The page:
|SAMJ : the South African Medical Journal|
But that is not so, thanks to the South African medical journal SAMJ and its enterprise at putting all of its over 100 years of back issues online and free to access.
It is little known that Karl Meyer, the chemist on the tiny pioneering Columbia university team ( the first ever to use penicillin as an antibiotic), contributed an unique intellectual portion to Henry Dawson's first presentation on penicillin.
This presentation was delivered in Atlantic City, at the 33rd annual meeting of the American Society for Clinical Investigation, ( the famous "Young Turks" ) May 5th 1941 --- attended by top medical researchers from all over the world and covered by the scientific and popular media.
To add to the journalistic fun, their more senior and sober counterparts, the American Association of Physicians, met the very next day in the same place - and the two generations of doctors didn't always agree on everything, naturally .
Most penicillin historians seemed to have limited their knowledge of this seminal event to the New York Times report on it, easily available anywhere on microfilm.
But the official abstract of Dawson's presentation , formally published in the Journal of the Society in July 1941, mentions - in passing - two important subject areas that all the popular media left out in describing Dawson's paper.
His presentation talked of the methods of preparation ( and importantly made it clear this took place in Dawson and Meyer's hospital lab and not in some drug company lab), without saying anything more.
Fortunately later articles do amplify on the earliest methods of growing and extraction in great detail.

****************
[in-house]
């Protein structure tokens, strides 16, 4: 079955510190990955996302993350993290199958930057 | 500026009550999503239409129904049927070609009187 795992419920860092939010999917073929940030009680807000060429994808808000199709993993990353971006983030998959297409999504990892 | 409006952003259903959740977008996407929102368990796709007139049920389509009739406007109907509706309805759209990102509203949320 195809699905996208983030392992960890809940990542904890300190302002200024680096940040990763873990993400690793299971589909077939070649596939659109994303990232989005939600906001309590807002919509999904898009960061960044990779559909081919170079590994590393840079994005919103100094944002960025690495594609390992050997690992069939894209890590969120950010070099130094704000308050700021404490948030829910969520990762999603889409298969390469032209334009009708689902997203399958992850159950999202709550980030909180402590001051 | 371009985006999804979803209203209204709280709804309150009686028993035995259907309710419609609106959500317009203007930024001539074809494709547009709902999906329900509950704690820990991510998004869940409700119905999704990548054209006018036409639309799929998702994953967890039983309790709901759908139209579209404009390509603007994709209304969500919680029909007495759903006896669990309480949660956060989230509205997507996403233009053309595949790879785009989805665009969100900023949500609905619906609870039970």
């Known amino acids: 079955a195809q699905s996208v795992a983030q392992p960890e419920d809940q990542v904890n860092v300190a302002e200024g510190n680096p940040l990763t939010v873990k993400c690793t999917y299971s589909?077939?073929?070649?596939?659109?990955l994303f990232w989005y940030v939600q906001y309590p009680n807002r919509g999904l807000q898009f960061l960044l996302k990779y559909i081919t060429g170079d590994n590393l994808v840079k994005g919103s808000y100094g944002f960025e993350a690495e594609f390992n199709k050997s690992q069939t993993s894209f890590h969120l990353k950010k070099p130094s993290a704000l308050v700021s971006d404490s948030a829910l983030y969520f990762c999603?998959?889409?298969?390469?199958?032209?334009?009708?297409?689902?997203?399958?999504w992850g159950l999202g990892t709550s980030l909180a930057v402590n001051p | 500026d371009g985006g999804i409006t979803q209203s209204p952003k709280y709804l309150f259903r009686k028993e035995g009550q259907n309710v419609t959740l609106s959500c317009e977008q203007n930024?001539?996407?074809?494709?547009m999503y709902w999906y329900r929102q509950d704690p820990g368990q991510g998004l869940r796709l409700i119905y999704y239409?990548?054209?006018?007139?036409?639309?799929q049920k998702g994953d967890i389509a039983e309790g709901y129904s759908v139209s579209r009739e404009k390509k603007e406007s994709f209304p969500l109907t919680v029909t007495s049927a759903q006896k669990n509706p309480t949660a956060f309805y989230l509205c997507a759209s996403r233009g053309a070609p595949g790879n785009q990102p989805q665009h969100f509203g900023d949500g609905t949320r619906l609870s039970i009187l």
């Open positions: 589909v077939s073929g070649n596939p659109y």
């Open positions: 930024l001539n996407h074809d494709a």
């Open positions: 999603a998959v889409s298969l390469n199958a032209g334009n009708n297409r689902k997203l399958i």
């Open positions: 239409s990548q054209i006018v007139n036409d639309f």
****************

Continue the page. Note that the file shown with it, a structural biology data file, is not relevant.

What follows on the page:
But the precis also indicates that information as then known of penicillin's chemical nature , ie known as of late 1940-early 1941 , was discussed --- without saying what was speculated.
This speculation is NOT repeated in any later article, because this early speculation was not even close to penicillin's final chemical structure, as found with the help of hundreds of chemists, five long gruelling years later.
But, while I am not a chemist, I think I can say it wasn't a bad guess for what was known - almost by sight and smell - about the earliest dry penicillin powder.
Thanks to SAMJ, the South African Medical Journal
But back to SAMJ - because it was all down to one of their most enterprising correspondents , H O Hofmeyr, that we know anything at all about the earliest chemistry of penicillin.
Hofmeyr came from a very politically powerful Afrikaner family and so it is not surprising he was sent abroad, during WWII, to be South Africa's scientific eyes and ears in places like Washington DC.
He wrote a very complete diary of his visit to the Clinical Investigators annual meeting and it was published, in full ,in the September 1941 monthly issue of SAMJ.
I think I remain the only one to ever cite Hofmeyr's eyewitness report on the opening of the Age of Antibiotics.
I have always treasured his report on Dawson's paper , partly for his slightly snide tone relating that this particular paper caught the imagination of ("sniff") the ("popular") press who gave it ("lurid") headlines like 'Giant Germicide Yielded by Mold'.
But in addition, Dr HO ( as everyone called him) correctly noted in 1941 what current historians always, always miss : that Dawson's use of penicillin on subacute bacterial endocarditis, the dreaded SBE, was in some ways, highly conventional.
Hofmeyr said it still remained in 1941, the absolute "acid test" for the claims of every new potential chemotherapeutic agent.
But buried in middle of the paragraph, Hofmeyr indicates that the Columbia team is willing to speculate publicly that penicillin seems related to the hydroquinones.
The hydroquinones are a big family best known for their use in photo developing and skin whitening, but one in particular, paraquinone ,strikes me as looking, smelling and acting rather like early penicillin powder.
Yellow , arid penetrating smell, very sensitive to acids and bases, yes it sure does look, smell and act like early penicillin.
But paraquinone has only has about one third the molecular weight and number of atoms that penicillin has (and was thought to have in 1941) so it would have to be quite an elaborated version to fit the known facts.
WE have to wait to 1942 and the much better known journals such as NATURE and SCIENCE to find the next set of informed guesses as to penicillin's structural nature, but thanks to SAMJ, we have recovered an important fragment of medical history .....